is both objective and practical." 13 Similarly, Brownlie explains that "[tjhe failure to
protest, the pattern of conduct generally described as acquiescence, and admissions
against interest (for example, in the form of maps), are all juridical fellows with the
group of questions
referred to loosely
as 'the problem of recognition'." 14
Given its dormant power in the creation of rules of customary international
law and also, especially, in the determination of title to territory and/or boundary
delimitation, acquiescence is, maintains Kaikobad, "not to be lighdy presumed" 15 and
must, demands MacGibbon, "be interpreted stricdy". 16 Estoppel, in the meantime,
should similarly be looked upon with caution, as Brownlie counsels:
"A considerable weight of authority supports the view that estoppel is a general
principle of international law, resting on principles of good faith and consistency.
It is now reasonably clear that the essence of estoppel is the element of conduct
which causes the other party, in reliance on such conduct, detrimentally to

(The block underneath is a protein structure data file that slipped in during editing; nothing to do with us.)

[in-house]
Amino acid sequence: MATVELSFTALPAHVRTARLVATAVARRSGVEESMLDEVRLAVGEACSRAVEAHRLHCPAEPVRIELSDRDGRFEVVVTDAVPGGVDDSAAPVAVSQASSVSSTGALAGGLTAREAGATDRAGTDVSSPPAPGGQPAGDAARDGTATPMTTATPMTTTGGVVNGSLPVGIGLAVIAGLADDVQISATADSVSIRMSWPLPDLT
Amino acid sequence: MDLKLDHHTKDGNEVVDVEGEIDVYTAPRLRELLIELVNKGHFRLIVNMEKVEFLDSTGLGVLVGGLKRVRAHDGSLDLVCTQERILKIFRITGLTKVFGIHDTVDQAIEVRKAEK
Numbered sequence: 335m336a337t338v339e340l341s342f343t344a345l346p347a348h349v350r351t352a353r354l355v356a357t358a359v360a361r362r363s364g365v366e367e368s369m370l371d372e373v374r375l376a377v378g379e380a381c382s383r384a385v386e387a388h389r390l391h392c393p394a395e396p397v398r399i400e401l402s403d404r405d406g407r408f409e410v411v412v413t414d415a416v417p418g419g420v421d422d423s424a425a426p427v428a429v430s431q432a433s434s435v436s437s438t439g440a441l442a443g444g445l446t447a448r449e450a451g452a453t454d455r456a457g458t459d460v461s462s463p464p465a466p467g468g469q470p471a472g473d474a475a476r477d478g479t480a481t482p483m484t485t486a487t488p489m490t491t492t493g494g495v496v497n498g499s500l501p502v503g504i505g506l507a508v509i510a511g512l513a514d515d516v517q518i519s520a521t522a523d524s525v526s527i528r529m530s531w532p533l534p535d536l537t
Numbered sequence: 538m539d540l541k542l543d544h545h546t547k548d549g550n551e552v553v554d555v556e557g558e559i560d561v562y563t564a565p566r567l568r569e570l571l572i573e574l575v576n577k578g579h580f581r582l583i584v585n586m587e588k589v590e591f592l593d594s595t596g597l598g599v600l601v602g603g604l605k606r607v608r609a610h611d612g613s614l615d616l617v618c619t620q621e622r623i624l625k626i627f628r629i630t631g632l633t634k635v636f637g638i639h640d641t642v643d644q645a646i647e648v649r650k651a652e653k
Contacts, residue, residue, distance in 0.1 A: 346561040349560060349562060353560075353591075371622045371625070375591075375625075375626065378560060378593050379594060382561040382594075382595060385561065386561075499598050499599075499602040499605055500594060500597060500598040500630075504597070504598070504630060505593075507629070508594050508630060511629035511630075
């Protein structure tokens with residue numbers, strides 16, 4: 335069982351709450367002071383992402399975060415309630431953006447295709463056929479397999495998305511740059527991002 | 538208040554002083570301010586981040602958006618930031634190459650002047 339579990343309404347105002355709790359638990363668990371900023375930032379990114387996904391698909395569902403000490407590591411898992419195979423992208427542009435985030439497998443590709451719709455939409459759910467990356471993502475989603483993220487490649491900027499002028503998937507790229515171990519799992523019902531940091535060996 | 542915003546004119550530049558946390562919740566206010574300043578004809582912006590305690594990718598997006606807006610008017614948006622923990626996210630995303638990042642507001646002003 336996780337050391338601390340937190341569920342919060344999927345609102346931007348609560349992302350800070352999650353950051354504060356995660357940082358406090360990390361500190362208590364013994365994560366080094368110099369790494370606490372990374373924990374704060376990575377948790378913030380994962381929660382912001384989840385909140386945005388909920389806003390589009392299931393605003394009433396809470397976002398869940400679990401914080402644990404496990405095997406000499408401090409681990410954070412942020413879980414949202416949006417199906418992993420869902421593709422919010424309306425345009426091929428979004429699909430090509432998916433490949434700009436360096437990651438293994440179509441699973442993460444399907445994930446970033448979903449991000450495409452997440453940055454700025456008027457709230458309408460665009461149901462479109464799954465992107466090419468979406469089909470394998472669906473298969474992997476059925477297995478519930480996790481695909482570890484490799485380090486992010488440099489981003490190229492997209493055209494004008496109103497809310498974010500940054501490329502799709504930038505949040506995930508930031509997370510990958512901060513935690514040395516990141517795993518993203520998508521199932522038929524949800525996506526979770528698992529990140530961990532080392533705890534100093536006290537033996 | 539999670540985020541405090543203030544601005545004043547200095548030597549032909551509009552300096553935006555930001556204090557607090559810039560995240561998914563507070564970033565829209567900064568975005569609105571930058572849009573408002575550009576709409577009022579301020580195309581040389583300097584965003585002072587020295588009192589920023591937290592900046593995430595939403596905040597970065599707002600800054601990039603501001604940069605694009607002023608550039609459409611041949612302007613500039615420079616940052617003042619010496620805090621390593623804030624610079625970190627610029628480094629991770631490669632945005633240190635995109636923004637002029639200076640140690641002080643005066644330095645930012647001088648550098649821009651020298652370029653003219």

change its position or to suffer some prejudice. Without dissenting from this as a
general and preliminary proposition, it is necessary to point out that estoppel in
municipal law is regarded with great caution, and that the 'principle' has no
particular coherence in international law, its incidence and effects not being
uniform. Thus before a tribunal the principle may operate to resolve ambiguities
and as a principle of equity and justice: here it becomes a part of the evidence
and
judicial reasoning." 17
I.C. MacGibbon, The Scope of Acquiescence in International Law, 31 British Year Book
of International Law (1954), 143, 181-82.
R.Y. Jennings, Nullity and Effectiveness in International Law, in: Cambridge Essays in
International Law: Essays in Honour of Lord McNair (1965), 64-87, 74.
Byers, above n.8,106.
MacGibbon, above n.9, 145.
Ibid.